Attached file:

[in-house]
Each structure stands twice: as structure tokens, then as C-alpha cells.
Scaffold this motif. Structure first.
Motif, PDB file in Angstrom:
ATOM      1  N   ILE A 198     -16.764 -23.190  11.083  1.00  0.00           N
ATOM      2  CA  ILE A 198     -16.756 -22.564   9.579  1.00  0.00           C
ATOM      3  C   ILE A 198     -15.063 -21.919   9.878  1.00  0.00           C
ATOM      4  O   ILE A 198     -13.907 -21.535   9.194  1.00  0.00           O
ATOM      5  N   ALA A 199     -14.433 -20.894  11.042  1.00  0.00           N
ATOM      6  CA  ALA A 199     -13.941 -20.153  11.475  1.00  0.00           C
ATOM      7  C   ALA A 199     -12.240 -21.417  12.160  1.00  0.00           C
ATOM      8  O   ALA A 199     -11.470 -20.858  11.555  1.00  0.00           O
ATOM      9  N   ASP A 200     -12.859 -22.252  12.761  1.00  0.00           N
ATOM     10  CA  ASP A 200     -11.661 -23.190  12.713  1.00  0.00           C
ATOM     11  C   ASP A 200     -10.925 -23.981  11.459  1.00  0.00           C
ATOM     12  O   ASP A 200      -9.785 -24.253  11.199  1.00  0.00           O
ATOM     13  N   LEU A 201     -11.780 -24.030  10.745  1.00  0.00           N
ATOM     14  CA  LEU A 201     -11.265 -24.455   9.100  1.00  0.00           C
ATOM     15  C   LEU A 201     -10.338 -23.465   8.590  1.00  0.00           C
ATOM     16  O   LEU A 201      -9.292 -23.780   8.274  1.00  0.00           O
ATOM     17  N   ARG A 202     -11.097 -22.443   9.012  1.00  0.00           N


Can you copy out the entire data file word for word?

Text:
[in-house]
Each structure stands twice: as structure tokens, then as C-alpha cells.
Scaffold this motif. Structure first.
Motif, PDB file in Angstrom:
ATOM      1  N   ILE A 198     -16.764 -23.190  11.083  1.00  0.00           N
ATOM      2  CA  ILE A 198     -16.756 -22.564   9.579  1.00  0.00           C
ATOM      3  C   ILE A 198     -15.063 -21.919   9.878  1.00  0.00           C
ATOM      4  O   ILE A 198     -13.907 -21.535   9.194  1.00  0.00           O
ATOM      5  N   ALA A 199     -14.433 -20.894  11.042  1.00  0.00           N
ATOM      6  CA  ALA A 199     -13.941 -20.153  11.475  1.00  0.00           C
ATOM      7  C   ALA A 199     -12.240 -21.417  12.160  1.00  0.00           C
ATOM      8  O   ALA A 199     -11.470 -20.858  11.555  1.00  0.00           O
ATOM      9  N   ASP A 200     -12.859 -22.252  12.761  1.00  0.00           N
ATOM     10  CA  ASP A 200     -11.661 -23.190  12.713  1.00  0.00           C
ATOM     11  C   ASP A 200     -10.925 -23.981  11.459  1.00  0.00           C
ATOM     12  O   ASP A 200      -9.785 -24.253  11.199  1.00  0.00           O
ATOM     13  N   LEU A 201     -11.780 -24.030  10.745  1.00  0.00           N
ATOM     14  CA  LEU A 201     -11.265 -24.455   9.100  1.00  0.00           C
ATOM     15  C   LEU A 201     -10.338 -23.465   8.590  1.00  0.00           C
ATOM     16  O   LEU A 201      -9.292 -23.780   8.274  1.00  0.00           O
ATOM     17  N   ARG A 202     -11.097 -22.443   9.012  1.00  0.00           N